The Sheldon Silver Scandal and Where We Are on Asbestos Corruption

23 Jan 2015 | Author: | No comments yet »

Silver Case Shows How `Referral Fees’ Can Be A Funnel For Graft.

Gov. The arrest of New York Assembly Speaker Sheldon Silver on federal corruption charges Thursday roiled Albany politics and inflicted grave damage on Silver’s fellow Democrats. Cuomo’s decision to pull the plug on his corruption-fighting Moreland Commission panel will have repercussions far beyond Thursday’s indictment of Sheldon Silver, insiders said.

In a strange twist, the graft accusations against the second-most powerful figure in New York state politics, after Democratic Governor Andrew Cuomo, elicited applause from national business lobbyists. The high-profile-yet-nearly-immobile education policies and politics of the Empire State may have cracked this week, the result of rapid climate change within New York’s Democratic leadership.

The move, some said, raised questions about Cuomo’s commitment to rooting out Albany’s pay-to-play culture and could harm his efforts to cast himself as an anti-corruption reformer. “It has a huge impact. [US Attorney] Preet [Bharara] confirmed that this is a result of the Moreland investigation, and that begs the question whether or not the governor knew about this information when he decided to disband the panel. Well before Bharara’s case against Silver, who allegedly took millions of dollars in a bribery scheme, went public, the prosecutor had been scheduled to speak at the breakfast at New York Law School. The scheme federal prosecutors laid out in the 35-page complaint against Silver looks an awful lot like what passes for standard practice in this area of the law. He opened with a suitably cocky joke. “I see some public officials here, and, after yesterday, I have two theories as to why that might be,” he said. “One, you thought I would be taking attendance. Attorney Preet Bharara issued a stinging rebuke of New York’s political culture, which he said allowed power to be concentrated in the hands of “three men in a room”—the governor, the senate president, and the assembly speaker.

Federal investigators say he did no legal work in these cases, but he is accused of using his power in Albany to provide benefits to the mesothelioma doctor who sent clients Silver’s way: $500,000 in state funding for the doctor’s cancer clinic as well as a job for the doctor’s son. In the meantime, he must surely vacate the powerful role that he has occupied and has used to foil, frustrate, delay and defenestrate many an important education-reform initiative within the state legislature — at least those opposed by the teachers unions, whose foremost champion he has been. Mickey Carroll of Quinnipiac University’s polling institute called the timing of the charges against Silver — a day after Cuomo delivered the State of the State Address with Silver at his side — was “very, very political.” “If I were the governor, I’d be keeping a very wary eye on this US attorney.

Among the main charges filed against the 70-year-old legislative leader is an allegation that he used his political position to steer asbestos cases to Weitz & Luxenberg, a potent personal-injury law firm based in Manhattan. Bharara’s office charged the State Assembly speaker with turning his office into a cash register through which millions in bribes and kickbacks flowed. Remove the state’s second-most-powerful politician from the equation, and what the government calls illegal kickbacks, and this looks pretty much like how the asbestos-litigation business works. Silver’s demise would not, in and of itself, cause New York to raise the cap on charter schools, much less enact a tax-credit scholarship program, both hated by the union and its buddies (a list that extends beyond the speaker). That theory is not universally accepted, she said, but is motivated by the idea that lawyers should refer clients to firms that will do the best work, not pay them the biggest cut.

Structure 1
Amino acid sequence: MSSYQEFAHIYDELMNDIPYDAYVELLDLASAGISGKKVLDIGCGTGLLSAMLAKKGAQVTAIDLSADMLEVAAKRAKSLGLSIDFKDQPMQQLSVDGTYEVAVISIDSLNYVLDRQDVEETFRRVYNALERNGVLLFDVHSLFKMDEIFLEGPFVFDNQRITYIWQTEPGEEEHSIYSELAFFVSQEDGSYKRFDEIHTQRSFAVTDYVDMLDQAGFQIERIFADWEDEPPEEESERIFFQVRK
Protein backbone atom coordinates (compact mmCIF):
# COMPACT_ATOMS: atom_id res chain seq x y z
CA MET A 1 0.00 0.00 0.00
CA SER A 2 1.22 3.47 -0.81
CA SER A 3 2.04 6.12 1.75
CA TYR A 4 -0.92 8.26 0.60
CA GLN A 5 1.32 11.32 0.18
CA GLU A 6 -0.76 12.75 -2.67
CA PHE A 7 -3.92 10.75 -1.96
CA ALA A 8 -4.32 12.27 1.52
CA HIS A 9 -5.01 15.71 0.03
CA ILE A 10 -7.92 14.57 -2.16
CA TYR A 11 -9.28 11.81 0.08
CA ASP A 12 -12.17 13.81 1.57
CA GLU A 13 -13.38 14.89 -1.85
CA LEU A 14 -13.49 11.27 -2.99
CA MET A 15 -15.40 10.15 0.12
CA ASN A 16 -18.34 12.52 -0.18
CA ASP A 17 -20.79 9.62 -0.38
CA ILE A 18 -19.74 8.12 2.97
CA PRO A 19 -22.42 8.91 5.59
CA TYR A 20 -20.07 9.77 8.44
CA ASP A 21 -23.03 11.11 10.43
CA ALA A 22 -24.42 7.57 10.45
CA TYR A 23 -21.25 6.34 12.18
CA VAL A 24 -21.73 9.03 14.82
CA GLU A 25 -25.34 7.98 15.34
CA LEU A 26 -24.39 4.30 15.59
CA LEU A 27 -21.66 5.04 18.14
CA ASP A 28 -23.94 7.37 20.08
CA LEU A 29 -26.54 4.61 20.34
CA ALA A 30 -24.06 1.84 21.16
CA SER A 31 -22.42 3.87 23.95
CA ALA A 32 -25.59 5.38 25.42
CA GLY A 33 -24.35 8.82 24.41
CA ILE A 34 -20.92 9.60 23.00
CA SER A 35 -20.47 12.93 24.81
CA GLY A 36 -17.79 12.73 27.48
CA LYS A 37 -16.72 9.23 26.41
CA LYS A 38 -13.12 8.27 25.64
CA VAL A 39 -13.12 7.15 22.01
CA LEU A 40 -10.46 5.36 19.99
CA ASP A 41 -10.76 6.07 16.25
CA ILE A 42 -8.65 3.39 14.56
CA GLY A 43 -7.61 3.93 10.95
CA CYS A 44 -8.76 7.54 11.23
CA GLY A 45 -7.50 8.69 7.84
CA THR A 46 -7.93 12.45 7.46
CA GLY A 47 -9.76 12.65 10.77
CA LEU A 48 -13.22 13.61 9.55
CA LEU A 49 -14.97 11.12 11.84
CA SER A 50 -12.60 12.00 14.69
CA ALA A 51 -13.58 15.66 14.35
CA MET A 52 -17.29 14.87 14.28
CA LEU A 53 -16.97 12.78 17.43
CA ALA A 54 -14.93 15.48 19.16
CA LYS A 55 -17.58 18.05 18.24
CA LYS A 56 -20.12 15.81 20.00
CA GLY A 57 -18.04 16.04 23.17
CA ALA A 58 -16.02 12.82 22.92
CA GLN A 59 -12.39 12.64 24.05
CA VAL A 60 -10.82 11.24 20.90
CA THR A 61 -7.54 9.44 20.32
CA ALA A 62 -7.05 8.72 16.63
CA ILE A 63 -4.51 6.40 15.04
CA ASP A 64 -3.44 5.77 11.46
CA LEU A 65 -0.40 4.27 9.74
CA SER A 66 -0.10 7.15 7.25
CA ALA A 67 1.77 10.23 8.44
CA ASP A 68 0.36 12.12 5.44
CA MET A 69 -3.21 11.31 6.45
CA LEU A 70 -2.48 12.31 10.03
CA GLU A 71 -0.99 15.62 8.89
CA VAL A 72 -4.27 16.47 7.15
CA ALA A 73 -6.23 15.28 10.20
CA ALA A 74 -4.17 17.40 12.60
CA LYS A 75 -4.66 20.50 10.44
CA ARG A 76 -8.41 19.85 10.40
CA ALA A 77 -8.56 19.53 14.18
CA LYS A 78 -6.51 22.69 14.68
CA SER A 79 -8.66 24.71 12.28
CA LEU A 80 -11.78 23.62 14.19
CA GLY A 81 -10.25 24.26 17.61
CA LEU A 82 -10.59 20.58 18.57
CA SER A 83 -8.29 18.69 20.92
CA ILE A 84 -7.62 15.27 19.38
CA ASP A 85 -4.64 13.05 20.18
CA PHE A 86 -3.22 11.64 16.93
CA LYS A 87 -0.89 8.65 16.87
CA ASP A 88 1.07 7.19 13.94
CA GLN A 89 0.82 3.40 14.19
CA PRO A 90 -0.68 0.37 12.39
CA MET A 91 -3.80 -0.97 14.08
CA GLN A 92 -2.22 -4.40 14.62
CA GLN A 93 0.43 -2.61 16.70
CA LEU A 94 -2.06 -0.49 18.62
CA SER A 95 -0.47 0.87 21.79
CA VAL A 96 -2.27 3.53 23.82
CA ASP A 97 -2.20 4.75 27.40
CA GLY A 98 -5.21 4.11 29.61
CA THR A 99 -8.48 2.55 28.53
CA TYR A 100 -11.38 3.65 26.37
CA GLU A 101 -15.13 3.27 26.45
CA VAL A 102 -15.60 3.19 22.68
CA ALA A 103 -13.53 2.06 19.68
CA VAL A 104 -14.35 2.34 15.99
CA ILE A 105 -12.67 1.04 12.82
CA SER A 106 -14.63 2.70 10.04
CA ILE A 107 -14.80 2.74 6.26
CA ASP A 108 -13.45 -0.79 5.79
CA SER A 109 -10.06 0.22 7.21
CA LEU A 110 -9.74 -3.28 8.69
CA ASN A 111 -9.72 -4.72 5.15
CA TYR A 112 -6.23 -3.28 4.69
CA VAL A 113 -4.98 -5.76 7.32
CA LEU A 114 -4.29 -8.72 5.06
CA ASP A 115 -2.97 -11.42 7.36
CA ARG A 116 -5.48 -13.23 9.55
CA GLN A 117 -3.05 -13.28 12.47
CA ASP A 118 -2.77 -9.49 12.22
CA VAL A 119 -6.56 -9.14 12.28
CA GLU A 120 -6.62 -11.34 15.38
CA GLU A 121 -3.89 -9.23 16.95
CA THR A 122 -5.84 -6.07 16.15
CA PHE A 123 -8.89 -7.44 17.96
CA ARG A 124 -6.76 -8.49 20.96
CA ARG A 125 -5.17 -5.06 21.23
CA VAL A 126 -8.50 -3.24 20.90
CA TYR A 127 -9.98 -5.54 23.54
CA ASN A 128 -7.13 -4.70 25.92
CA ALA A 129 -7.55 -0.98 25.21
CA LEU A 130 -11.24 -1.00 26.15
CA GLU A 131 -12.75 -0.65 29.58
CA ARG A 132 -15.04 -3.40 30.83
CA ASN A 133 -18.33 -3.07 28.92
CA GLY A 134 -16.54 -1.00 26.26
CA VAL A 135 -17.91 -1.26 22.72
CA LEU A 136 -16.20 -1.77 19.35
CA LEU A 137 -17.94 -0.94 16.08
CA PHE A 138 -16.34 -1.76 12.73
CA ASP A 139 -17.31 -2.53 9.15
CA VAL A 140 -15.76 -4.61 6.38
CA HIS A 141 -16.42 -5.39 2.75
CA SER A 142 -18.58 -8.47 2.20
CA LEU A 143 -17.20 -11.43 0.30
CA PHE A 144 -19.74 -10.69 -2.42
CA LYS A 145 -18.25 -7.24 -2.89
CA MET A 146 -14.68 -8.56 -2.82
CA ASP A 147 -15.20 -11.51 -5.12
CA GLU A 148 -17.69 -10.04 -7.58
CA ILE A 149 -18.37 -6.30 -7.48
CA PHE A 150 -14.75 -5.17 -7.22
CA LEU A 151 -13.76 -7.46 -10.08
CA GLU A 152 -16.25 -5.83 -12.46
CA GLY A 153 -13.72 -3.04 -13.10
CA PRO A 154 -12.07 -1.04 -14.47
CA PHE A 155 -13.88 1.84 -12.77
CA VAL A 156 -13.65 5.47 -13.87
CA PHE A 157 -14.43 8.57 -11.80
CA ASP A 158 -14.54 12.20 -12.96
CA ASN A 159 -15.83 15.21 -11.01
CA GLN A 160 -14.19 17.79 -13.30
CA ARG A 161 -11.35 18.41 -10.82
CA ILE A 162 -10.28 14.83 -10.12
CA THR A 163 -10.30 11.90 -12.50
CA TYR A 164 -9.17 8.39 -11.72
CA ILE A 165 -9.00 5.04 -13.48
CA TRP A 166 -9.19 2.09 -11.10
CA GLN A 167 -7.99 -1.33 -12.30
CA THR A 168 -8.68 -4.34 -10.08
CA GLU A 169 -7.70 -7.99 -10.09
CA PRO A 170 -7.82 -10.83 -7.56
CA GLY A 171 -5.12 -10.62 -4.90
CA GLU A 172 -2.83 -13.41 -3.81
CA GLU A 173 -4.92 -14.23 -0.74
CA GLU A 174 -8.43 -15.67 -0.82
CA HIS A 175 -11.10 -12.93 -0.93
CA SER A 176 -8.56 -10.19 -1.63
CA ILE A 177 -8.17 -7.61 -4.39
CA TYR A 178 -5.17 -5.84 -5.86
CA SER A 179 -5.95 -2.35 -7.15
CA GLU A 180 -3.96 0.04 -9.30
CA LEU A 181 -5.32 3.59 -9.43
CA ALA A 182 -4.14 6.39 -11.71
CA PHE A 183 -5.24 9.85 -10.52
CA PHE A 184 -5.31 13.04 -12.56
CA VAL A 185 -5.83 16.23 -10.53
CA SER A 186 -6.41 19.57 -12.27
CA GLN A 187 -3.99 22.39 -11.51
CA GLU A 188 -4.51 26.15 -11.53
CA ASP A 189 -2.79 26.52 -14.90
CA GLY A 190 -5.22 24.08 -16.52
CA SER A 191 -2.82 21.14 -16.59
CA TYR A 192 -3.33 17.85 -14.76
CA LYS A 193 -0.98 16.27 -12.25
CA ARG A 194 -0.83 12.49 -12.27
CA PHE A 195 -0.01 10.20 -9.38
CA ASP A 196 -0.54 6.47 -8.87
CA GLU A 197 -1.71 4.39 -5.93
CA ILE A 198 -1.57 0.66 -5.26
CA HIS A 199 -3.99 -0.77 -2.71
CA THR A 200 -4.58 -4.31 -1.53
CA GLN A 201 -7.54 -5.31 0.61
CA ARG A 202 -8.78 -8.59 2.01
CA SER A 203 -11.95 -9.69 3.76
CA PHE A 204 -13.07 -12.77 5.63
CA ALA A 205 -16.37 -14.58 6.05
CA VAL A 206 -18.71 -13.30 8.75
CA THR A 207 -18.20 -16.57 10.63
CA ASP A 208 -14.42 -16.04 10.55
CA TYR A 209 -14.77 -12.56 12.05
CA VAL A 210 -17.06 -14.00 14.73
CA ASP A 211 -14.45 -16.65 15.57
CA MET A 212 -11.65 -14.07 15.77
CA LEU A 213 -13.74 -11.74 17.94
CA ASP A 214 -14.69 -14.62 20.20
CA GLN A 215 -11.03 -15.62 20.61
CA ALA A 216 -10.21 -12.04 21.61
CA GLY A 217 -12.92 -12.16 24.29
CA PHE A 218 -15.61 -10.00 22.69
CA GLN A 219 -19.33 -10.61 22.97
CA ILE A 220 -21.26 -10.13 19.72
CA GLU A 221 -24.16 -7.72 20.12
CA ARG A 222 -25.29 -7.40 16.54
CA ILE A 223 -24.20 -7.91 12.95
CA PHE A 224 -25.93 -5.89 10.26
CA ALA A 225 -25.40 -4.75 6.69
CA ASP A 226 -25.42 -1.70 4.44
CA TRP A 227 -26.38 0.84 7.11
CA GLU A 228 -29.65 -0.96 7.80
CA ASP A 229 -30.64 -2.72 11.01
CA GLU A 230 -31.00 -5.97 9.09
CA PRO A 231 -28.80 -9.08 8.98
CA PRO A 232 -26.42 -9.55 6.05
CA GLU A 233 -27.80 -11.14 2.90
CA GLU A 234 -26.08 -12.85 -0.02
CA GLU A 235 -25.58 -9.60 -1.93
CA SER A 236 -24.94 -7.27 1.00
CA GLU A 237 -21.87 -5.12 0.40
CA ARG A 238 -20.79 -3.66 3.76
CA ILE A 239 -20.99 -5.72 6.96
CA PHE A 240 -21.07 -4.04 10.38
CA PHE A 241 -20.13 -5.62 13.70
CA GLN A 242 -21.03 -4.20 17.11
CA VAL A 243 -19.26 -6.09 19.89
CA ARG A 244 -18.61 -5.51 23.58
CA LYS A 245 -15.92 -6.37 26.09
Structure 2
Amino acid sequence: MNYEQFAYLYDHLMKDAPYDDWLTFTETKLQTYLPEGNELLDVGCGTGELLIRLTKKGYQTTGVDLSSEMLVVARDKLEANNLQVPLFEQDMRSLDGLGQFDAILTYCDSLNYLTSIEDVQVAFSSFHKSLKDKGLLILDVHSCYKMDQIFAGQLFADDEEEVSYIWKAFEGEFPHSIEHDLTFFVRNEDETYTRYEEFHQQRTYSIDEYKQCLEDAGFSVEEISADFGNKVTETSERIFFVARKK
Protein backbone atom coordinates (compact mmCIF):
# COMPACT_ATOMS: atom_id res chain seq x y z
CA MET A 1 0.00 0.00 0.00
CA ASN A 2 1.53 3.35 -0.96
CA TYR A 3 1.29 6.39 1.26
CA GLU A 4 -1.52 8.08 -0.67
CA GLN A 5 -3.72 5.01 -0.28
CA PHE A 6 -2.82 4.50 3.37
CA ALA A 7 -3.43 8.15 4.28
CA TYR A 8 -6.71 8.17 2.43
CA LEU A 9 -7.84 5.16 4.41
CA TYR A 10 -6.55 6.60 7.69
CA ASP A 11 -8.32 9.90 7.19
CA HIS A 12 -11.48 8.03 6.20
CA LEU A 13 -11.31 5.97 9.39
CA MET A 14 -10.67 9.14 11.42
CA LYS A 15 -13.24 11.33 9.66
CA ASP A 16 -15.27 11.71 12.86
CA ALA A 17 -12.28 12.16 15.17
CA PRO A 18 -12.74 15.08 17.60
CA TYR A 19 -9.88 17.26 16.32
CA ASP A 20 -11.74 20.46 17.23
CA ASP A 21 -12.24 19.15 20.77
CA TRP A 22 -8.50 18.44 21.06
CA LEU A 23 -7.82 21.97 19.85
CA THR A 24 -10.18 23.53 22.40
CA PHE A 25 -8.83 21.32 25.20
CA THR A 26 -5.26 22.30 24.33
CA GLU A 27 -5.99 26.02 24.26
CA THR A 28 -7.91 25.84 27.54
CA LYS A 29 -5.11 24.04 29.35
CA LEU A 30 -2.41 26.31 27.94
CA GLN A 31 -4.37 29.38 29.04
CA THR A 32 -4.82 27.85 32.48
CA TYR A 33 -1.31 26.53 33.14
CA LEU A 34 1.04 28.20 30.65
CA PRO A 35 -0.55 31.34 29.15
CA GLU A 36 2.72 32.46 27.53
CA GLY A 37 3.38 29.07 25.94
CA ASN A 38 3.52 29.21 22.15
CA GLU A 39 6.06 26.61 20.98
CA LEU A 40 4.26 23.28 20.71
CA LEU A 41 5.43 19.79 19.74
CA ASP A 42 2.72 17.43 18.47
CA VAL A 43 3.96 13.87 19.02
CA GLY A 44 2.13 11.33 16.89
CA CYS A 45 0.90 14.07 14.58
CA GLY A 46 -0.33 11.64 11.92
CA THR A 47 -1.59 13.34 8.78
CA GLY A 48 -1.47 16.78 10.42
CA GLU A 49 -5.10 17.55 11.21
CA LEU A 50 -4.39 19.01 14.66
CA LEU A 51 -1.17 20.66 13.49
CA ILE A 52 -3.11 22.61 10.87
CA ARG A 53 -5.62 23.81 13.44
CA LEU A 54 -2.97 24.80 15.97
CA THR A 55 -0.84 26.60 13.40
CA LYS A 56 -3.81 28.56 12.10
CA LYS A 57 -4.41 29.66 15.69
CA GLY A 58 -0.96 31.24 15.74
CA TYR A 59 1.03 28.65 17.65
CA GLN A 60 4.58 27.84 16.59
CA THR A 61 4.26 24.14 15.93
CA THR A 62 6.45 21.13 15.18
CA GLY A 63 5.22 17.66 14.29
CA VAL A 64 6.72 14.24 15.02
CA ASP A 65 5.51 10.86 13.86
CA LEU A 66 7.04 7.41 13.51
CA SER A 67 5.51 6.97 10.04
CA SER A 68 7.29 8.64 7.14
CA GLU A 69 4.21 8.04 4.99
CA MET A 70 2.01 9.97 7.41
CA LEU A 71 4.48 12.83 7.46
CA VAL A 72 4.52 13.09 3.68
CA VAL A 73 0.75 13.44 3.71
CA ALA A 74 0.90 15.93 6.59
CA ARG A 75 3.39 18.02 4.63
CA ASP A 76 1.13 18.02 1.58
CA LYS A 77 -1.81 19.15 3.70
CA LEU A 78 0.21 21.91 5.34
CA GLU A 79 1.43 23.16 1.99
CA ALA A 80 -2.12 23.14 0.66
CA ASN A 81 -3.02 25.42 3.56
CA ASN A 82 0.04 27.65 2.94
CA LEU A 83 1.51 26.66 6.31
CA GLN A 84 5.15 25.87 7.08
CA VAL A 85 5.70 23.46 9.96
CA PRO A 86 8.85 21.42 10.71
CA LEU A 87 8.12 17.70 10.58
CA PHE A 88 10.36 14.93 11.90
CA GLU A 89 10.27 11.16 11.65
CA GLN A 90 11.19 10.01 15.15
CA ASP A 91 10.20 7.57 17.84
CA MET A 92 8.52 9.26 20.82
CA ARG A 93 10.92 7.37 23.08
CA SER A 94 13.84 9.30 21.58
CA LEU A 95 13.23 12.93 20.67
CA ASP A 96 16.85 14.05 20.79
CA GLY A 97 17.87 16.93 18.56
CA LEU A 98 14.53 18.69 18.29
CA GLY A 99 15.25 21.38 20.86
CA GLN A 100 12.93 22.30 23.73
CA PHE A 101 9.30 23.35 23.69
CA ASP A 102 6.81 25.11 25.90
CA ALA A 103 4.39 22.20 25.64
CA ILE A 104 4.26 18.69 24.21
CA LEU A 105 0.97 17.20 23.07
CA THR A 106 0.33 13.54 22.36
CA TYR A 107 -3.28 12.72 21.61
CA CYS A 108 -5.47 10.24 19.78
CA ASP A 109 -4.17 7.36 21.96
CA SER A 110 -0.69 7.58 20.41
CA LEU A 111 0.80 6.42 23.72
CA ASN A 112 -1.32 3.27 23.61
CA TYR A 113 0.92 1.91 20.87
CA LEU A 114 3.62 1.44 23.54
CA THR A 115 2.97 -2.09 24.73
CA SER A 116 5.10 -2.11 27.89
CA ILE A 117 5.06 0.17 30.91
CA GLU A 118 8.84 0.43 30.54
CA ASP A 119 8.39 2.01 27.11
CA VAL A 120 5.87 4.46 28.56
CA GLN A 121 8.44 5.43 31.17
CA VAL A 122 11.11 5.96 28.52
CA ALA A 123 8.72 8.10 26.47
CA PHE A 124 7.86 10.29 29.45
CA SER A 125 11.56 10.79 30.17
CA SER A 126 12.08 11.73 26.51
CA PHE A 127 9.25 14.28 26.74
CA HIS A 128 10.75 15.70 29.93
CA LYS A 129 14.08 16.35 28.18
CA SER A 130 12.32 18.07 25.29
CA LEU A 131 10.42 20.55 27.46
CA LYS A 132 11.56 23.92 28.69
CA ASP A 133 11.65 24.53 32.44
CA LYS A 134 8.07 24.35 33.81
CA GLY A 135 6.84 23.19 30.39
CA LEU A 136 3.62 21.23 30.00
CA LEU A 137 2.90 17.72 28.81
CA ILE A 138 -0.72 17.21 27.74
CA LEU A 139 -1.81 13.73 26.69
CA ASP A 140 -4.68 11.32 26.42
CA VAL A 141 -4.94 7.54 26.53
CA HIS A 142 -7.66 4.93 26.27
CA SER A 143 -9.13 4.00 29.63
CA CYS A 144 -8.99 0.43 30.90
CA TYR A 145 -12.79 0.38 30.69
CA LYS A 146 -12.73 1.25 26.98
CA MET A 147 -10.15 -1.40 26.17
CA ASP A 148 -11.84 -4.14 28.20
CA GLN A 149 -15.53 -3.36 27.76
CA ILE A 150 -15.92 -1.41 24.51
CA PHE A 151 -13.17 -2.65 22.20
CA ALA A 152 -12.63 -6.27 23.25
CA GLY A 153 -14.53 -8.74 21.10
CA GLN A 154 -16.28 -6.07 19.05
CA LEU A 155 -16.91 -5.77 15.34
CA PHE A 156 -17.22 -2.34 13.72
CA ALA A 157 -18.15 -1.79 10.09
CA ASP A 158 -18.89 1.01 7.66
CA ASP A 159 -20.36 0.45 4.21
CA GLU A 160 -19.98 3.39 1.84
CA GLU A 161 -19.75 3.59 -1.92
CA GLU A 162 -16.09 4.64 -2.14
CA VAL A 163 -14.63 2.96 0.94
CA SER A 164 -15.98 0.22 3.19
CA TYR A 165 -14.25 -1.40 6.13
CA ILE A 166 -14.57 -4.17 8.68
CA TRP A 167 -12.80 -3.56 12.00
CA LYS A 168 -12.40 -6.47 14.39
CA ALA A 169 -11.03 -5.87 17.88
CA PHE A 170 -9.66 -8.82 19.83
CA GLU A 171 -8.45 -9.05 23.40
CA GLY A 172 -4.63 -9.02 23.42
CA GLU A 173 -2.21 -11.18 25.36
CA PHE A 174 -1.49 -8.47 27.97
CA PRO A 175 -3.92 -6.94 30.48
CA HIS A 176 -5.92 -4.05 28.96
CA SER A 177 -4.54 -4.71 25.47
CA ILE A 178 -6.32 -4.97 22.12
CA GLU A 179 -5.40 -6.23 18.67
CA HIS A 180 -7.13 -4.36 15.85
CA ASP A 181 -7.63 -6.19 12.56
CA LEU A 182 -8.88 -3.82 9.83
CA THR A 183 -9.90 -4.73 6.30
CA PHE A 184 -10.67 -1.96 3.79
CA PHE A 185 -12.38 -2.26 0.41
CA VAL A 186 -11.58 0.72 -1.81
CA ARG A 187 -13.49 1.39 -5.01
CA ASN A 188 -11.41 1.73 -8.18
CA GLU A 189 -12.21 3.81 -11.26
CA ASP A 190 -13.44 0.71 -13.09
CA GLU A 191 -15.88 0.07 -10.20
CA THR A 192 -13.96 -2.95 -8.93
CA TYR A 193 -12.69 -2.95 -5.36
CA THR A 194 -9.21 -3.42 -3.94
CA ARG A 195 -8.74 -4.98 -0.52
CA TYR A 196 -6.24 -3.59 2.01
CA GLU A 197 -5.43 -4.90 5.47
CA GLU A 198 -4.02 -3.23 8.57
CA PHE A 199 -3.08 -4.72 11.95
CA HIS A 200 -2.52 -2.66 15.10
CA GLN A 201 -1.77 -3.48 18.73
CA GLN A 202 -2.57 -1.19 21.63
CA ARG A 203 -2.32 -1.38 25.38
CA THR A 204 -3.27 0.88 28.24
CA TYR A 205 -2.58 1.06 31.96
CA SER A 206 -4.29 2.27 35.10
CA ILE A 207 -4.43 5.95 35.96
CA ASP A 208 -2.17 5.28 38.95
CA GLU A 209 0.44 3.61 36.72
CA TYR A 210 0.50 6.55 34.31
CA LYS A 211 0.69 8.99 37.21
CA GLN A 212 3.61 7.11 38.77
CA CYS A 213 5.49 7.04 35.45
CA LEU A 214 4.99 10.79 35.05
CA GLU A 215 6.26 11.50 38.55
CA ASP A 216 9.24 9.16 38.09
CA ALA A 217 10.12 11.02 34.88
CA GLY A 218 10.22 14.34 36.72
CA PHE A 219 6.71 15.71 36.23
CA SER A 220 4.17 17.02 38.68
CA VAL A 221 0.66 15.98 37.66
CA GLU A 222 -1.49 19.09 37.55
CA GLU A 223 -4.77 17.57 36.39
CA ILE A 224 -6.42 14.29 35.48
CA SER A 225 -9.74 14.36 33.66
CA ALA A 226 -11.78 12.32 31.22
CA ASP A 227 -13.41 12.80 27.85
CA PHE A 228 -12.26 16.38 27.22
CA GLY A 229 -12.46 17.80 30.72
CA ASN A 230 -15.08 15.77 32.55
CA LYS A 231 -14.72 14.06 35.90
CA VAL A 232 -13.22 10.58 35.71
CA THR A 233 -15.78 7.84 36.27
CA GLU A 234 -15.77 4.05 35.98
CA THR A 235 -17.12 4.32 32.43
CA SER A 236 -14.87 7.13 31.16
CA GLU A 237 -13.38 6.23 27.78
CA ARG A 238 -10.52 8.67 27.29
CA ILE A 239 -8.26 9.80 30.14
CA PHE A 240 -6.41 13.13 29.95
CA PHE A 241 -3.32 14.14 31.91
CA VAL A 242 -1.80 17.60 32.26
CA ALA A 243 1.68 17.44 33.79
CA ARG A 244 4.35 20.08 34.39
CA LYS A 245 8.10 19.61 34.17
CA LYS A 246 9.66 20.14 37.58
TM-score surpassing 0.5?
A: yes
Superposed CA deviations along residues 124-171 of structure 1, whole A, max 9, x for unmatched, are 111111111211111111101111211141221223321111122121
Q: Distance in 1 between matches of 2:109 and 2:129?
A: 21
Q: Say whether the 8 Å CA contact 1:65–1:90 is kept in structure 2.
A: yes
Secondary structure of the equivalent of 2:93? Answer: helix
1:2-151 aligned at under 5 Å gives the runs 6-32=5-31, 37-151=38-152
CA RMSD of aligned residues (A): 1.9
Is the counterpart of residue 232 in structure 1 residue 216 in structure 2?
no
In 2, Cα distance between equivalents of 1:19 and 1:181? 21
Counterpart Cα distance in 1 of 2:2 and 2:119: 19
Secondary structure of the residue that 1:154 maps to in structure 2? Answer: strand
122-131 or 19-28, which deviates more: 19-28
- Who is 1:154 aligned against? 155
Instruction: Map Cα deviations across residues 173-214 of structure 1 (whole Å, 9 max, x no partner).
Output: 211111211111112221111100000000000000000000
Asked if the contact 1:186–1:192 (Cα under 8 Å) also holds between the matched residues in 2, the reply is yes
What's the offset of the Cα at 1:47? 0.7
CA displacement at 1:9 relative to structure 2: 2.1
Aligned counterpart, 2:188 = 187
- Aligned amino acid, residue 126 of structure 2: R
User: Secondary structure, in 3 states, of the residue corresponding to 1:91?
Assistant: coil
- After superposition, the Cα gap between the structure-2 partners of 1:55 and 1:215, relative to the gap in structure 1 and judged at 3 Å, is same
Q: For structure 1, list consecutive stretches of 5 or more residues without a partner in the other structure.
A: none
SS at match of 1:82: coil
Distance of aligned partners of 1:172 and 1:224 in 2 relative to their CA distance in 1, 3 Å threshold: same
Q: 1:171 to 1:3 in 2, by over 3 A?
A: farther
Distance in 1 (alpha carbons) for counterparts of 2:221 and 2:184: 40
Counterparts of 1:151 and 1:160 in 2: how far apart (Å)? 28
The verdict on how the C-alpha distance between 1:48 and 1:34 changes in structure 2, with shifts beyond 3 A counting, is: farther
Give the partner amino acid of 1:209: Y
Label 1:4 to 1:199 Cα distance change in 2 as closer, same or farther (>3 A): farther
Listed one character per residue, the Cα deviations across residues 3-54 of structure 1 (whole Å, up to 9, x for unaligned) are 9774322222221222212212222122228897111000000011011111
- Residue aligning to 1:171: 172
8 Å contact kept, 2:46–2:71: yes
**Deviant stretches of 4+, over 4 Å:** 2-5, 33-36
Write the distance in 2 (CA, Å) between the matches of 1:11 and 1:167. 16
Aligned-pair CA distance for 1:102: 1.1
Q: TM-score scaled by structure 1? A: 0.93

Democratic political consultant George Arzt called the developments “an earthquake of seismic proportions” that would make short- and long-term governing difficult. “I don’t think anyone is happy in the political establishment given the repercussions to other members of the Legislature and other elected officials in high positions,” Arzt said. “Obviously, it’s bad for the speaker, but it’s also a bad reflection on government, and it adds to the negativity. Bharara, nominated for his position by Barack Obama and previously employed as an aide to Democratic senator Chuck Schumer, is digging into his own team. In securities class actions, plaintiff firms ally with union pension funds to bring cases since the law awards control of the case to the investor with the largest losses. (It’s hard to convince investment managers like Fidelity to sue their best clients.) Lead attorneys often share fees with referring law firms that seem to have no expertise in securities litigation, but do provide an invaluable conduit in to top union officials. It didn’t know that referrals by Silver “related in any way to the alleged actions on his part to benefit the referring doctor,” Marcia Horowitz, a firm spokesman, said via e-mail. The details of those fee splits are rarely made public, even though most states require lawyers to tell their clients how much they are being paid, and every class member in a securities lawsuit is a client.